Rena Cohen
An Israel-born, US-raised, Israel returnee

The Silence of the Lambs

I heard about the terrorist murder of three-month-old Chaya Zissel Braun, Z”L, late last night U.S. time. My husband’s cry as he read the news alerted me that something which should never, never happen at all had just happened — again.

To me, the connections between the attack on innocent people waiting for a tram in Jerusalem and the murders and attempted murders that have occurred in Canada were palpably obvious. So obvious, it hurt. I assumed they would be clear to others.  However, my rapid check of the headlines in the U.S. press first thing this morning cured me of my apparent naivete.  And fast.  The terror attack in Israel either wasn’t mentioned at all or was tucked away in obscurity.

Say what you will, I can assure you without a doubt that if a Jew in Israel acted in that insane and bloodthirsty fashion and rammed a car into a crowd of East Jerusalem pedestrians — and this should never, ever happen!! — that despicable act would be an instant and absolute hit in the world press. It would be all over the place. The commentators and the talking heads would have a virtual field day.  So would the folks in the PLO and Hamas who were busy extolling Chaya Zissel’s murder today in speeches and posters in the West Bank and Gaza.

But …. the victims of yesterday’s terror attack in Jerusalem were Israeli Jews, and the soul who was ripped from this earth by that hateful and cowardly act was one tiny Israeli Jewish infant’s, a Jewish infant who (thank you, oh US State Department) was also “reportedly an American citizen”.  So … what was the general reaction of the Western press? …… SIlence……. Of the majority of Western governments? ….. Silence, or pronouncements along the lines of the U.S. State Department, which seemed much more interested in stressing the need for “restraint” than in honestly recognizing, even for just a moment, just how putrid and truly inhuman any ideology is that can justify, promote, or applaud the murder of an infant, much less in truly acknowledging the terrible and tragic loss of one little Jewish baby.

So, plenty of silence out there to go around.  And yes, in that silence, I for one hear a distant bell tolling a warning to oblivious civilizations delicately balanced above an abyss of violence.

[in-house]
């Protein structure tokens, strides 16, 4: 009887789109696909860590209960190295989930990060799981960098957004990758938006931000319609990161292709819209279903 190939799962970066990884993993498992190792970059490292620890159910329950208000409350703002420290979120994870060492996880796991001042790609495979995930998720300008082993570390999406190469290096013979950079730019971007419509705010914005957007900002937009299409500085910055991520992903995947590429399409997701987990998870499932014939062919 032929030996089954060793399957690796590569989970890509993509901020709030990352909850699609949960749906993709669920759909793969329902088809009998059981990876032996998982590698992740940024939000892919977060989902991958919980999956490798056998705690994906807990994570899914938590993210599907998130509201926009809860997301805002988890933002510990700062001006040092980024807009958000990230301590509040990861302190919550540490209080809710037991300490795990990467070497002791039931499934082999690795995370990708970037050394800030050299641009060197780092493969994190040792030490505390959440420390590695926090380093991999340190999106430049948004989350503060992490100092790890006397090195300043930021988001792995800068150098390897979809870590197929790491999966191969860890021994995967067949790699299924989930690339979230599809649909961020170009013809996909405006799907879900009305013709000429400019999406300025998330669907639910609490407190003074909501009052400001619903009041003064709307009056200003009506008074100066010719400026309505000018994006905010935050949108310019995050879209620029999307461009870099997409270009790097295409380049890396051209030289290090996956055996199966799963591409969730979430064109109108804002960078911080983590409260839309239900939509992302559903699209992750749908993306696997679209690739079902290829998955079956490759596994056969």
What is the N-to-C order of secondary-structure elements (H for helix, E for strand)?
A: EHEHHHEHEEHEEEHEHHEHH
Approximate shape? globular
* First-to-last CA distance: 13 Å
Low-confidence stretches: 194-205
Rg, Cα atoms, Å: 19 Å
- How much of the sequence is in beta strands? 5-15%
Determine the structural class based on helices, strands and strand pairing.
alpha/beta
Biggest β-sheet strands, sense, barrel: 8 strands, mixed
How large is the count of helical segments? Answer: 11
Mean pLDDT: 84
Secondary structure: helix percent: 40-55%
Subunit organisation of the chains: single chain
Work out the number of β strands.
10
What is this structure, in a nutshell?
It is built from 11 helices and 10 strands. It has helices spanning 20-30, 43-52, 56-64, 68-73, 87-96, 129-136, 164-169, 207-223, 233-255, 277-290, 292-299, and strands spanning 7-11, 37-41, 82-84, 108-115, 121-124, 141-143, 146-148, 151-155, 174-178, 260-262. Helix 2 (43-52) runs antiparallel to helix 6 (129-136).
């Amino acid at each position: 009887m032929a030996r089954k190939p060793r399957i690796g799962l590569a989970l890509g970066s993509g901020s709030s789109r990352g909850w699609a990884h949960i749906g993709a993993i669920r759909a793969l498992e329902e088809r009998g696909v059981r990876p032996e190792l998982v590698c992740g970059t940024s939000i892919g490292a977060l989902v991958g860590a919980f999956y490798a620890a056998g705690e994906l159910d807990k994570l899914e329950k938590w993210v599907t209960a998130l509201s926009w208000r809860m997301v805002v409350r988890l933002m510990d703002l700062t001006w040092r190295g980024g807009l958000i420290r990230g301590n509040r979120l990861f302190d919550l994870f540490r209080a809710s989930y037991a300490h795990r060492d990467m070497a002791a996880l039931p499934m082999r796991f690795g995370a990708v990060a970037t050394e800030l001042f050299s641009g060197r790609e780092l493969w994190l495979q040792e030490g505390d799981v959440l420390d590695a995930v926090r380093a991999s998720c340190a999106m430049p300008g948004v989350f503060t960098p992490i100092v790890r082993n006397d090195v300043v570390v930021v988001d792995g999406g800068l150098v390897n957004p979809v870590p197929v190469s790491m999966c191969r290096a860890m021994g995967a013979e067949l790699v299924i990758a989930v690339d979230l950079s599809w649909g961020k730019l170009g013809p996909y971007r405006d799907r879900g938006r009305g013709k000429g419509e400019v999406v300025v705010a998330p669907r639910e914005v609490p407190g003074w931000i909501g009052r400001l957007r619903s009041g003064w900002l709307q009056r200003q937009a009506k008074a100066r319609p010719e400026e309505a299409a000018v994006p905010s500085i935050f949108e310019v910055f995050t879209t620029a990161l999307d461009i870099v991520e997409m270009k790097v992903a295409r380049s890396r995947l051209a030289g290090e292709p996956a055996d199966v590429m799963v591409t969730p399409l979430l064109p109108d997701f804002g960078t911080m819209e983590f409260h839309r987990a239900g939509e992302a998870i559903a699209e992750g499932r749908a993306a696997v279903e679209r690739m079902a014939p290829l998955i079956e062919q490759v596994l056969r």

Here’s the bottom line.  In the face of everything that has gone on and is going on, all of this silence is hypocritical, insular and morally bankrupt. Hypocrisy, insularity, and obsessively self-interested moral bankruptcy just cannot and should not be allowed to pass these days.  Not as reportage. Not as political thought.  Not as either foreign or domestic policy.  And not just because they are repugnant — which they most certainly are — but because ultimately they are downright dangerous.

A little Jewish baby died yesterday for the sins of someone’s inflamed politico-religious ambitions.  Let no one deny her humanity.  Let no one ignore her loss. I hope that the essence of her little innocent being is safe and at peace, and that the Almighty will comfort her family among the mourners of Zion and Jerusalem.

About the Author
Born in Kibbutz Nachshon Israel, raised in the U.S. and lived there on both coasts with lots of visits (even a few residential stays) in Israel, and intending to return yet again. Entrepreneurial generalist -- worked for others, built my own medical reporting business (with NO seed money), and since have had an extended career in the U.S. biotech industry in early startups through late clinical stage firms, holding positions in everything from investor relations and corporate communications to business development to Director, Facilities (my current post). Longtime editor, particularly on foreign policy topics. Co-founder, with my sister, Jade Bar-Shalom, Z"L, of the Books for Israel Project during the Second Intifada, which connected synagogues, churches and community centers in the U.S. with low-income Israeli Jewish, Arab, and Druze schools to help them build much-needed English language libraries for the kids. Author of the book, LambBunny and His Friends (on Amazon). On and off painter. Writer of op-eds. Blogger for The Times of Israel.